About the less visible stuff, in the modeling projects we use, e.g. EMF, Graphiti or Xtext also got some internal updates, resulting in the need to update our projects. As of now, I updated the Xtext Reflective Editor, as a change in EMF 2.9 made it unusable in Kepler.

I often use this tool to debug the Xtext-based parsers that use Xbase and model inferrers, as it displays the generated model using the EMF reflective editors. Version 0.5.5 is a recommended minor update – it works on both newer EMF/Xtext versions, but maintains compatibility with older EMF versions. It is still downloadable from our update site

Thanks for all contributors the new, nice features of Kepler (and of course fixes as well). This can become a new platform for new projects for me – the reflective editor update is only the first of them.

Language Features Enhancing Trust

Alex just facepalmed.

if ( Boolean.TRUE.equals(employee.isHappy) ) {

“Wow, the human invention never ceases to come up with new ways to adorn boolean expressions! Too bad Eclipse doesn’t have a Quick Assist for simplifying them…”
Ah, one of those WWTC moments. That’s when the Show Annotation feature of Subversive comes in handy… which revealed that Bob is the author (unless he only adjusted the whitespaces in that line). “But he already left the office for today. Now, I’ll just simplify it and similar occurrences manually and tomorrow, I’m going to considerately mention to him that he could have written this condition umm… more concisely.” Alex pondered a bit over the commit message, but practiced self-restraint and wrote simply

Simplify boolean expressions...

(though he couldn’t help omitting those ellipses).
Next day, some of the tests of Bob’s module were failing.
- Hi Bob, could we have a look at your code? First, there are some red tests, and…
- Hmm, but I haven’t modified that module since yesterday. Let’s see the exception!
- Okay…

Exception in thread "main" java.lang.NullPointerException
at EmployeeLoader.loadEmployee(

“Hmm, exactly the line I modified. But…” – thought Alex.
- …how could a simple condition without a single dereferencing cause a NPE?! – asked Bob, confused just like Alex.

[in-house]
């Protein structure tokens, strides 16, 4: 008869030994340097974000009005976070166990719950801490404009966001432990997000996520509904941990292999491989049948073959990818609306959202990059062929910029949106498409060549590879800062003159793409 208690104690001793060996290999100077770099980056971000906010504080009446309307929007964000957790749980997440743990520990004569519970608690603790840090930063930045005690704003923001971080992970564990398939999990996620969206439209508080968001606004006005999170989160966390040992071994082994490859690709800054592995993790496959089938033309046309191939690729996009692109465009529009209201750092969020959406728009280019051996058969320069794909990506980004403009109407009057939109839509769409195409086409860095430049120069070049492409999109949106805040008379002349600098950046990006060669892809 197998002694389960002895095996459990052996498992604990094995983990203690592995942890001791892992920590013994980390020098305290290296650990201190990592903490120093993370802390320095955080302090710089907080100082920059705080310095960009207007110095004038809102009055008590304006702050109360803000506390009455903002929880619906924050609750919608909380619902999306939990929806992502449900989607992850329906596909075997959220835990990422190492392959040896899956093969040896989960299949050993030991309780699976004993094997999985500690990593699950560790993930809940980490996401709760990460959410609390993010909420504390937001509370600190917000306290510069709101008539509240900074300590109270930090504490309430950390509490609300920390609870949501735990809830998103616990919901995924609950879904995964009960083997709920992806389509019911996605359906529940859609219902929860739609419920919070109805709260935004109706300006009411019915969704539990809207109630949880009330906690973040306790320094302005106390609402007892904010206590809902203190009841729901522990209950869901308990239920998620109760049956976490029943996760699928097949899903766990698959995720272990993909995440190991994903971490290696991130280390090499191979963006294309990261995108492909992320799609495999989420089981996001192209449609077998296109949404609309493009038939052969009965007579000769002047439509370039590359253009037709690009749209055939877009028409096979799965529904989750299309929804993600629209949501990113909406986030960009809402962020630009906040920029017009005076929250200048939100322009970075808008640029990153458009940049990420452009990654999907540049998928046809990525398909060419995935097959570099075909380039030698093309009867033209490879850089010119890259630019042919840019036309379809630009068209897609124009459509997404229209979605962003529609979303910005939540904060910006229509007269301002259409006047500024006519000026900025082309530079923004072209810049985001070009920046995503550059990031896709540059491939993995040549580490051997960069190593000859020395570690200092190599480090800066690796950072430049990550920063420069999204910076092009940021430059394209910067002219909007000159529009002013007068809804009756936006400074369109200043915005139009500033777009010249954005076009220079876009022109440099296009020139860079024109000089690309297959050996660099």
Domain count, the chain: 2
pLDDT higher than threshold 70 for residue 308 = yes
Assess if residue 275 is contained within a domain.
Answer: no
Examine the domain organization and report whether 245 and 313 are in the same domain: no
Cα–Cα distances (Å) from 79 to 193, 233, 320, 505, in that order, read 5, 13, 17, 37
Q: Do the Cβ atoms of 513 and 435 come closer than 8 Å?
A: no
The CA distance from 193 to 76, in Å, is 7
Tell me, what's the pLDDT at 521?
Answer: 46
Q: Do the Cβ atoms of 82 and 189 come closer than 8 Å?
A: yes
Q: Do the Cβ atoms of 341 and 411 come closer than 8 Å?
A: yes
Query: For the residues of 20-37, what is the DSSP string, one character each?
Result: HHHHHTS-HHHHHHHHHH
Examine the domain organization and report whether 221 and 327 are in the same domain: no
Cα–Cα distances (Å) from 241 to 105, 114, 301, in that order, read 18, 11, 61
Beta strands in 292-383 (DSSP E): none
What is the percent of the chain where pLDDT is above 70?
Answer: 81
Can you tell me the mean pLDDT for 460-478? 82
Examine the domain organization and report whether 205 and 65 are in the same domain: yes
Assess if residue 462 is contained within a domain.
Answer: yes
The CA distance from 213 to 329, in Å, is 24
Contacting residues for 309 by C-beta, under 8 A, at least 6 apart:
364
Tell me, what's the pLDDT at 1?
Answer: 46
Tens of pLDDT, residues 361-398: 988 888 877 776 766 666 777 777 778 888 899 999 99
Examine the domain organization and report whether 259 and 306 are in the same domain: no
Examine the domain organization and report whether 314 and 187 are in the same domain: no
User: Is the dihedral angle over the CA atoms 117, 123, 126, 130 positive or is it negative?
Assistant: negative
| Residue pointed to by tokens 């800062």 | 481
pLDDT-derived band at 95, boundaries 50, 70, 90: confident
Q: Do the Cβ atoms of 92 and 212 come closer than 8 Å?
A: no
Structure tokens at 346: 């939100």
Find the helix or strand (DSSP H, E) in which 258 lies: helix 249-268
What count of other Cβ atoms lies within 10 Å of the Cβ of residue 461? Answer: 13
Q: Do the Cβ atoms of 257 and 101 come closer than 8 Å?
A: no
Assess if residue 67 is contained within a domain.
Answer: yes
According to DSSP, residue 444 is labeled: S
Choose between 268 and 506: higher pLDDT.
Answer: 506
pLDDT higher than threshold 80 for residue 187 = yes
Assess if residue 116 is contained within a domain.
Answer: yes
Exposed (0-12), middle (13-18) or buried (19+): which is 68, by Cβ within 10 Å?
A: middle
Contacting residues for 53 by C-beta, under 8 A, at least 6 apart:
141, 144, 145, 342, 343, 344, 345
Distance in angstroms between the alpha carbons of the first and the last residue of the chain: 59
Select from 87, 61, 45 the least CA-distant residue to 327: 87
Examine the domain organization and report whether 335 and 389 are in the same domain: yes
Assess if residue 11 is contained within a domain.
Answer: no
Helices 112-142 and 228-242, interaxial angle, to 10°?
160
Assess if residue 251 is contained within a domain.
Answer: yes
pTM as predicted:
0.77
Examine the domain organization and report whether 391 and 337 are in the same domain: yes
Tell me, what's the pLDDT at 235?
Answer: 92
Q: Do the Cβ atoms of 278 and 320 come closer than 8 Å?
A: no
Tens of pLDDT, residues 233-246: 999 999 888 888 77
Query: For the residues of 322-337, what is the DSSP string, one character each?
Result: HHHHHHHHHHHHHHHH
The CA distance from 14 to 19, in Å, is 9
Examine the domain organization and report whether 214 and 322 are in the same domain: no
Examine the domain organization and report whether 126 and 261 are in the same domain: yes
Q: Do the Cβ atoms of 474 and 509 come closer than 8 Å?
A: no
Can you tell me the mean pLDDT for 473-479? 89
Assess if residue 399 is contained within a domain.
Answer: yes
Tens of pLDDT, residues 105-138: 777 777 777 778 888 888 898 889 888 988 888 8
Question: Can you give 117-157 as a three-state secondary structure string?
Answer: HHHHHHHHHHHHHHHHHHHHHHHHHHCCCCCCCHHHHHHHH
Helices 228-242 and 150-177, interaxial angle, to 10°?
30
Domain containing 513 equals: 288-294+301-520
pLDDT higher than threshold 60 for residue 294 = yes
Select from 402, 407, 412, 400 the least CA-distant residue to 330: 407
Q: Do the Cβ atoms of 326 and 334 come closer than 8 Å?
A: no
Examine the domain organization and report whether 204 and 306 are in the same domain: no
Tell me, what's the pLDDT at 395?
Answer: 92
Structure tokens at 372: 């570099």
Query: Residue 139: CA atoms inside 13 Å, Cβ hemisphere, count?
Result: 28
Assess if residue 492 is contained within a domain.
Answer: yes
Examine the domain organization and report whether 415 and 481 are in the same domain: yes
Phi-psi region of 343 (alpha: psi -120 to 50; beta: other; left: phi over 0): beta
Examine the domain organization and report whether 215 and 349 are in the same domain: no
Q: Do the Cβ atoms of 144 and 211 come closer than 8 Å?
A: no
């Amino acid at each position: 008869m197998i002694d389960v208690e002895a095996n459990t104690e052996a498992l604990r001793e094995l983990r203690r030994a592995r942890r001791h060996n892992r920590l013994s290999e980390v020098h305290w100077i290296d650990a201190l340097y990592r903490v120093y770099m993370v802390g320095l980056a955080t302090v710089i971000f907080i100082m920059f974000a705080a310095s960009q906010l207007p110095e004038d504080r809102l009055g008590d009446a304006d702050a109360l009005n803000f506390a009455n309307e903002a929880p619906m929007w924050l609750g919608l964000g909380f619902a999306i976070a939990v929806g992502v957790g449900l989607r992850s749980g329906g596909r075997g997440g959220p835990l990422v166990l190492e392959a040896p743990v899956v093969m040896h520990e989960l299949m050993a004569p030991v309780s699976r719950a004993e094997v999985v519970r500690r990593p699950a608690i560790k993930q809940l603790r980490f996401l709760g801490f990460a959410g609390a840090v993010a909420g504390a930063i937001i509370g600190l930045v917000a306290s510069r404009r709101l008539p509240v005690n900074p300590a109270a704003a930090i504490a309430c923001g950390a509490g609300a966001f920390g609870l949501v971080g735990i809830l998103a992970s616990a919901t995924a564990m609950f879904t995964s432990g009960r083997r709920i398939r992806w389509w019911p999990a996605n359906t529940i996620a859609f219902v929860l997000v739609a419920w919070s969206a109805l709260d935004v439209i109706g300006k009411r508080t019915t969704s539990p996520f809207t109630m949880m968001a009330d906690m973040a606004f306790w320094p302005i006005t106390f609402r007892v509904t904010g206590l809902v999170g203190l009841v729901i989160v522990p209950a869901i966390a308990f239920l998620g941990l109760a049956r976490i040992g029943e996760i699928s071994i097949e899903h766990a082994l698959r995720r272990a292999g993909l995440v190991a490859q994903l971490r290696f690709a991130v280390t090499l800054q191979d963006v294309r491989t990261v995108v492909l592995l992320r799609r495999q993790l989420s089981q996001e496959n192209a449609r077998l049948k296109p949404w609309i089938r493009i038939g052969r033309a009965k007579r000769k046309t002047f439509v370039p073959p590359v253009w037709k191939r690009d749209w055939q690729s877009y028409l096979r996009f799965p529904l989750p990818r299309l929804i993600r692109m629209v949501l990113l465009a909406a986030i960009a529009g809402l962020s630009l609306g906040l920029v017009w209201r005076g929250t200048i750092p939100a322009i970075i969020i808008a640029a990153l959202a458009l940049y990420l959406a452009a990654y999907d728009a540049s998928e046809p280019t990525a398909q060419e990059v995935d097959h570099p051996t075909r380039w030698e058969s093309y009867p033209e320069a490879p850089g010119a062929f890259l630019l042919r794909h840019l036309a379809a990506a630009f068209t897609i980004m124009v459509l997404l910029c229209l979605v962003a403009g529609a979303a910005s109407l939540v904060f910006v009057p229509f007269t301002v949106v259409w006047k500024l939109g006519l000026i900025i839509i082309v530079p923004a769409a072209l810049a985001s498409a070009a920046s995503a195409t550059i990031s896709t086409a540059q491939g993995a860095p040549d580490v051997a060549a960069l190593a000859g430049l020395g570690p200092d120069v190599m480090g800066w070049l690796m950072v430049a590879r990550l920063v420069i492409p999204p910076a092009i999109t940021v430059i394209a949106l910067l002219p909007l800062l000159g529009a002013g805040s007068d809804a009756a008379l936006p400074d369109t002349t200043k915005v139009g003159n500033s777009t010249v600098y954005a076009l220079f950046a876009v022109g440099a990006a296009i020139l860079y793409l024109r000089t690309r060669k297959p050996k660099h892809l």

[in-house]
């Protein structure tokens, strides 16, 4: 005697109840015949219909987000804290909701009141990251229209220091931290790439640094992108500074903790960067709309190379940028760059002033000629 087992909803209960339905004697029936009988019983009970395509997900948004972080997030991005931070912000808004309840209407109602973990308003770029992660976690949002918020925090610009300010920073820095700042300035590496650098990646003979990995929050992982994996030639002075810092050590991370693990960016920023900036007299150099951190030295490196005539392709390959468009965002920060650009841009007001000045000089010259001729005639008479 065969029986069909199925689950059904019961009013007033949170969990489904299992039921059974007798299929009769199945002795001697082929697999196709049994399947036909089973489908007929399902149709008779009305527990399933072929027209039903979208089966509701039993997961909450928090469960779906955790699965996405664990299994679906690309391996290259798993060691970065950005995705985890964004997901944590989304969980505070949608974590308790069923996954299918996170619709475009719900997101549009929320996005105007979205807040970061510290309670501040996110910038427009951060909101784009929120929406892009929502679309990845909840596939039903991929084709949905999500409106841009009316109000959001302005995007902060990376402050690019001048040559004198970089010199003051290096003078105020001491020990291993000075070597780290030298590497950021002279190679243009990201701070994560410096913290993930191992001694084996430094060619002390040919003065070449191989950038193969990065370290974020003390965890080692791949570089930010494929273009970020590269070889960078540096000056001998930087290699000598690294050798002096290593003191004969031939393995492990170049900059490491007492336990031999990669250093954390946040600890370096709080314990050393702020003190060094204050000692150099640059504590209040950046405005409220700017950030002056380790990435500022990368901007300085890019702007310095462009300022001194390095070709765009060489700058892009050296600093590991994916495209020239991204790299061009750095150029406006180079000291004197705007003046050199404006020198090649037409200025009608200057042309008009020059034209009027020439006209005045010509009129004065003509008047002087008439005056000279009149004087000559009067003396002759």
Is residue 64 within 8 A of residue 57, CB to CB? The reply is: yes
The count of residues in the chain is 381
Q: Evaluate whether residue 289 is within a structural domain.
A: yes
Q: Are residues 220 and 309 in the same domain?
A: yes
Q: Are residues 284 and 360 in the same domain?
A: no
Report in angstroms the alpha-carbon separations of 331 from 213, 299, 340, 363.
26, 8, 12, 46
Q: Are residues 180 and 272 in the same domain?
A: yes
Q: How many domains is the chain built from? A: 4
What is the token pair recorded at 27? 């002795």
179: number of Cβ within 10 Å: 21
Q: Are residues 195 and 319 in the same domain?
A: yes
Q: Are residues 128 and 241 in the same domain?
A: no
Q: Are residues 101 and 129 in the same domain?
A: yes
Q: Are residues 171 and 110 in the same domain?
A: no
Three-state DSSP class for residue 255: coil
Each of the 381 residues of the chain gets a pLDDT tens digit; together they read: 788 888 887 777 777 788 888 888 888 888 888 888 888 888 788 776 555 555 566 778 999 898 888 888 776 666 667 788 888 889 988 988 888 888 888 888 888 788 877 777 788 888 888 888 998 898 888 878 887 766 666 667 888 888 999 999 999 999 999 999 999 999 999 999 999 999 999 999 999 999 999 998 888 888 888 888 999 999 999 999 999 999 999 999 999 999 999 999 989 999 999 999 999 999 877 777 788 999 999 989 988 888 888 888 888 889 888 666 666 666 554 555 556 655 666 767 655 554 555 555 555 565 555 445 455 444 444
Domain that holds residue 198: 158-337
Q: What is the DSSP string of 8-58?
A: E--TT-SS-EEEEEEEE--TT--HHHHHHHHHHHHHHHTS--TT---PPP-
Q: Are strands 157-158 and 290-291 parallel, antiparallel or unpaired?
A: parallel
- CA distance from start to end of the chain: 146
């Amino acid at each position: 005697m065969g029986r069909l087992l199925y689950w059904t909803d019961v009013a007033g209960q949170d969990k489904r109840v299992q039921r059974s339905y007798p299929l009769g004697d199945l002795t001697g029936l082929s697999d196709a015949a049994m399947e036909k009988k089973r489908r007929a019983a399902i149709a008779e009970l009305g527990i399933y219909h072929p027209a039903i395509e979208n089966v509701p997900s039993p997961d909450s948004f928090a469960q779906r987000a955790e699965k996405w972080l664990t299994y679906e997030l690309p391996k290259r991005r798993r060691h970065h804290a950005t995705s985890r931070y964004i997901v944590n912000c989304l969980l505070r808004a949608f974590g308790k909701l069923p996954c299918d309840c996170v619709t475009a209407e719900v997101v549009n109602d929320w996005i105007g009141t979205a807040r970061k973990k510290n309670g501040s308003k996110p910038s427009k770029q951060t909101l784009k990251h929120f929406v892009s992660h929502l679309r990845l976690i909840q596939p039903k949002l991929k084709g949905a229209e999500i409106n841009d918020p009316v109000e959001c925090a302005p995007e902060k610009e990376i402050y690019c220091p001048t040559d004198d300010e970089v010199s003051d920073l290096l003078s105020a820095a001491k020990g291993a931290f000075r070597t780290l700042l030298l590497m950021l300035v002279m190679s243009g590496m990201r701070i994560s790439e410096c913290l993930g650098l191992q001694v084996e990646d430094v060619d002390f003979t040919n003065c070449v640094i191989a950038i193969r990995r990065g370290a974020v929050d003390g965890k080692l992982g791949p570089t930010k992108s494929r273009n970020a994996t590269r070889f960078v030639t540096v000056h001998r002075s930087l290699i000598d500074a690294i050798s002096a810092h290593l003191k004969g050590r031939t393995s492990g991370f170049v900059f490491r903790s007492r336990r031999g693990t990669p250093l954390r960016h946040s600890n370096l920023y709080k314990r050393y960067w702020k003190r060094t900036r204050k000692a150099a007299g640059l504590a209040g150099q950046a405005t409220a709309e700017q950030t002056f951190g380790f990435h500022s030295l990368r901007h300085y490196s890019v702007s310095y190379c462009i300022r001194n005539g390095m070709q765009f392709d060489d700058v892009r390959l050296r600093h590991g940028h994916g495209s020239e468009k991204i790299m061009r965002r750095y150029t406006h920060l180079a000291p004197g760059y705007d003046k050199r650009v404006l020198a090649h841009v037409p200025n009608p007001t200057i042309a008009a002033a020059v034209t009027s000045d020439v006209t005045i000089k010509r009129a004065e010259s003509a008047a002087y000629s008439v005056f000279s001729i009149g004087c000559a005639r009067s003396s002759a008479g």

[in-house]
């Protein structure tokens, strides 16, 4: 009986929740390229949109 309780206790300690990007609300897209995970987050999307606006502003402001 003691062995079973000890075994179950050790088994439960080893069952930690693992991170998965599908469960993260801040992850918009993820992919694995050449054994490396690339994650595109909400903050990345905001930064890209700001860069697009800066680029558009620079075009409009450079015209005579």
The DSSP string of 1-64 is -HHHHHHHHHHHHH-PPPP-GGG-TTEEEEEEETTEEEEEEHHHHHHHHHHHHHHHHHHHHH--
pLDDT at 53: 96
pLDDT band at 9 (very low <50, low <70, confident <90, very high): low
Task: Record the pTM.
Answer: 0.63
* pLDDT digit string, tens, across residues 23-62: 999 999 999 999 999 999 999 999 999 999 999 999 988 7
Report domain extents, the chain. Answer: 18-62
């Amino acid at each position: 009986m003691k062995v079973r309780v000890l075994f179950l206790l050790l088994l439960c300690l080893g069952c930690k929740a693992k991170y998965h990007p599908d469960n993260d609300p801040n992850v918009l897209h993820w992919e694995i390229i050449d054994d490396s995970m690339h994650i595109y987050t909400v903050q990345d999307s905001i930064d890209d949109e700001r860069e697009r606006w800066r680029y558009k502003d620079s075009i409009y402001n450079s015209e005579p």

- Uh-oh, I think I have a suspicion… Please show the declaration of isHappy

private Boolean isHappy;

Alex facepalmed once again, but this time the cause was himself.
- NOOO! The dreaded autoboxing! But again, why isn’t it a primitive boolean?
- Hey, now I remember! Employees are parsed from XML using an autogenerated schema. The attribute isHappy is optional, so it might very well be null.
- Sorry, Bob. I feel silly for acting without asking you in advance or running the tests before committing. See, I couldn’t have imagined how this kind of change could break.
- Take it easy, Alex. :) Now you can. In fact, I thought Boolean.TRUE would refer to the attribute’s type being non-primitive unambigously, and the Yoda condition would evoke the possibility of the null value immediately.
- I understand you, but to avoid such misunderstandings in the future, would you mind writing

if ( (employee.isHappy == null) && employee.isHappy ) {

to make it totally explicit that isHappy can be null? Or rather set an optional false value for this attribute in the schema?
- OK, I’ll consider.
Fortunately, Bob took the incident very lightly and his commit message was just:

Revert Alex's "simplifications" :)

The first thing Alex did was to set a warning for boxing and unboxing among the Java compiler settings. As he was accepting the changes, he thought: “Null and primitive types as well are billion dollar mistakes coming from arbitrary language design decisions which reflect implementation details. But at least they tought me to trust my fellow’s code – or at least to inspect the types before refactoring.”

Hi-DPI Eclipse screenshots


A picture is worth a thousand words.

Recently I was writing a paper based on EMF-IncQuery, and I wanted to include some screenshots. For good reasons, a 300 dpi photo was recommended, but that represents quite large resolutions for reasonably sized images. Although I couldn’t always get this resolution, but I found some nice tricks to use for later.

Eclipse always allowed configuring some fonts – some time ago I experimented with the theming capabilities of Eclipse 3.x, and could increase a few font sizes, but some widgets such as list or tree viewers did not support such theming.1

GMF-based editors, such as the Papyrus UML editor or the Ecore Diagram editor provide support for exporting the diagram in PDF format – a format that retains (most2) graphical information of the diagram in a vector-graphic format, usable for inclusion in LaTeX documents.

The multitouch zooming support for Zest graphs also helped a lot for screenshots, as I could simply use all available screen area to get a nice shot. Even for graphs that do not contribute their Zoom Managers to the user interface.